There’s no indication that death scares her. If anything, Shannon is facing her end with dignity and love. Her faith sustains her as much as her family’s love.
“Since I believe,” she said, “with all my heart and all my soul in the Lord God Almighty and his son Jesus Christ. I believe that God will take me by the hand, along with the angels, and escort me to the field of Elysium, whatever that is. I’m just going by what the Bible says. As far as I’m concerned, the Bible is the instructions for life. You may not like everything you read, but it’s important to read it and try to understand it.”
As a person of faith, Shannon feels strongly that each person should be allowed their own journey.
“You shouldn’t ever push your views on somebody else,” she said. “Because everybody has to work their own way to salvation. You can’t try to make them see the things that you see. People who hurt somebody because they don’t like the way they believe are doing evil. I don’t understand anybody wanting to pick a fight over anything. If you don’t like what someone is doing, pray for them, don’t fight them.”
As to her family’s response, Shannon wants them to remember her in happy ways.
“I think my family’s going to pack their bags and go on vacation,” she said. “I hope they ride a white horse on the beach in honor of me. It has to be white. We had a horse named Moonpie. He was white and he was the lovey-doviest horse there ever was. He’d see me coming and he’d nicker at me.”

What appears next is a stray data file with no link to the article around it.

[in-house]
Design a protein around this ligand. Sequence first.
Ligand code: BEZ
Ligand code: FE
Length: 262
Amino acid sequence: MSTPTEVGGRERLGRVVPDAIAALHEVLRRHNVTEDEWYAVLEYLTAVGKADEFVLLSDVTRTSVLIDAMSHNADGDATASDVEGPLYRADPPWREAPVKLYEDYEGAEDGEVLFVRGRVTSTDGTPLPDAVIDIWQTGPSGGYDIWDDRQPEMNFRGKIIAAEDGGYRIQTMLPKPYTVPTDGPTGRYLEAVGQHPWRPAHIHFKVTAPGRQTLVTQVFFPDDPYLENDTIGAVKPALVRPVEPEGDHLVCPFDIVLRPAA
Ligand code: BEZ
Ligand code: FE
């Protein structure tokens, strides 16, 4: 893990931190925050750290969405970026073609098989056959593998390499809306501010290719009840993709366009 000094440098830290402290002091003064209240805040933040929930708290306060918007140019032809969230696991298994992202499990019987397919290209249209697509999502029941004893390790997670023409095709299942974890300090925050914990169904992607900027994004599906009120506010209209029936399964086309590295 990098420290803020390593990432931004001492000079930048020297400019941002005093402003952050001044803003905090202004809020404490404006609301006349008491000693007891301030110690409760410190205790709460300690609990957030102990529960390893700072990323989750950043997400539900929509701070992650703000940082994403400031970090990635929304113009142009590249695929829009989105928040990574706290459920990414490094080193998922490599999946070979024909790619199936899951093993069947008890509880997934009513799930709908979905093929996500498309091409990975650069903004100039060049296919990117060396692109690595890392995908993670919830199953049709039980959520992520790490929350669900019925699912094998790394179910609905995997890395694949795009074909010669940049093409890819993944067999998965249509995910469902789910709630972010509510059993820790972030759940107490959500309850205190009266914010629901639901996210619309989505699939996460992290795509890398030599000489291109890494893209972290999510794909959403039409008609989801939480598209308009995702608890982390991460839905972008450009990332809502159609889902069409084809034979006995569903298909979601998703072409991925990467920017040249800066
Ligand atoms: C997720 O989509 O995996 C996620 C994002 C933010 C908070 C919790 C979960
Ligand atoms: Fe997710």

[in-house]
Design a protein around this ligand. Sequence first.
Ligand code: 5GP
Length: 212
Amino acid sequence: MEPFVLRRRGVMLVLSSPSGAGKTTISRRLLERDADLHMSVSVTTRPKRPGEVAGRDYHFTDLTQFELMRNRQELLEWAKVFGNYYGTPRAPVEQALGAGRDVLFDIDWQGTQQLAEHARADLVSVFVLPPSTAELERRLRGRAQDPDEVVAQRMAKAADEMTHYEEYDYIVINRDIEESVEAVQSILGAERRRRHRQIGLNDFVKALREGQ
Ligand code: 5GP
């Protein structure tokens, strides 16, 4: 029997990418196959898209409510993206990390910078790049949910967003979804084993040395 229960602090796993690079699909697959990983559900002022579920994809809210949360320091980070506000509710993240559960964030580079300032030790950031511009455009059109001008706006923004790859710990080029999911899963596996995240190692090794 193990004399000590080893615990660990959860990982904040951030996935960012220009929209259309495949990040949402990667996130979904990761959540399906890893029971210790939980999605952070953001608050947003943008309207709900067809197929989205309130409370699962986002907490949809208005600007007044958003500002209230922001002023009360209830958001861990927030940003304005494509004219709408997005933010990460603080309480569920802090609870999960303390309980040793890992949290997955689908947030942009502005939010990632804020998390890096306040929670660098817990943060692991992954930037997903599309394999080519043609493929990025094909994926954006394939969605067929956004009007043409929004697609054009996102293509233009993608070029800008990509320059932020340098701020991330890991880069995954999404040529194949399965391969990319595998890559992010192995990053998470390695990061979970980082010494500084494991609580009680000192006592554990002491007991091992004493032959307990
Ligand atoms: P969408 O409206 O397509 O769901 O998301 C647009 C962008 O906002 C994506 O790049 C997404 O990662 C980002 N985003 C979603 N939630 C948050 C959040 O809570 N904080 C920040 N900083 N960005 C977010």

Her family has been in Southeastern New Mexico for six generations now. She’s built a bit of a legacy for herself in her time. She even received an appointment from Governor Johnson to the Eddy County Commission.
“She owned her own hair salon,” Jessica said. “Shannon’s Continental Hair Design, in Loving. That was her first business. She ran it for several years. Then her mother got sick so she quit work to take care of her. When she was able to go back to work, she got involved in the community. Then she was appointed to the position of County Commissioner. Later she opened her antique store in Carlsbad called Dusty Dreams. After that, she opened an antique mall called Guadalupe Mountain Trading Mall, from 2000 to 2006.”
Her husband retired as a police officer in Carlsbad in 2006 and they moved to Dexter. Jessica was living in Rio Rancho. While Shannon’s health was giving out, Jessica was laid off from her job, and then she went through a domestic violence ordeal. She needed to come home just as her mother needed her help.
The family is standing strong, together, weathering the storms life sends their way.
“I see my parents talk about the good times and the bad times,” she said. “It’s been good to look back and see how they made a good life and contributed to the community.”
After the paramedics got Shannon home, Thursday, they were preparing to transfer her to her favorite chair. It’s where she’ll likely spend her last days. She told them she was warm, so one of them took the blanket off of her.
He asked her, “Do you want your robe removed, too?”
With a twinkle in her eye, Shannon said, “No, I wouldn’t want any of you boys to lose control.”
Remembering Shannon Jones will inspire her loved ones to face life with humor and grit for some time to come.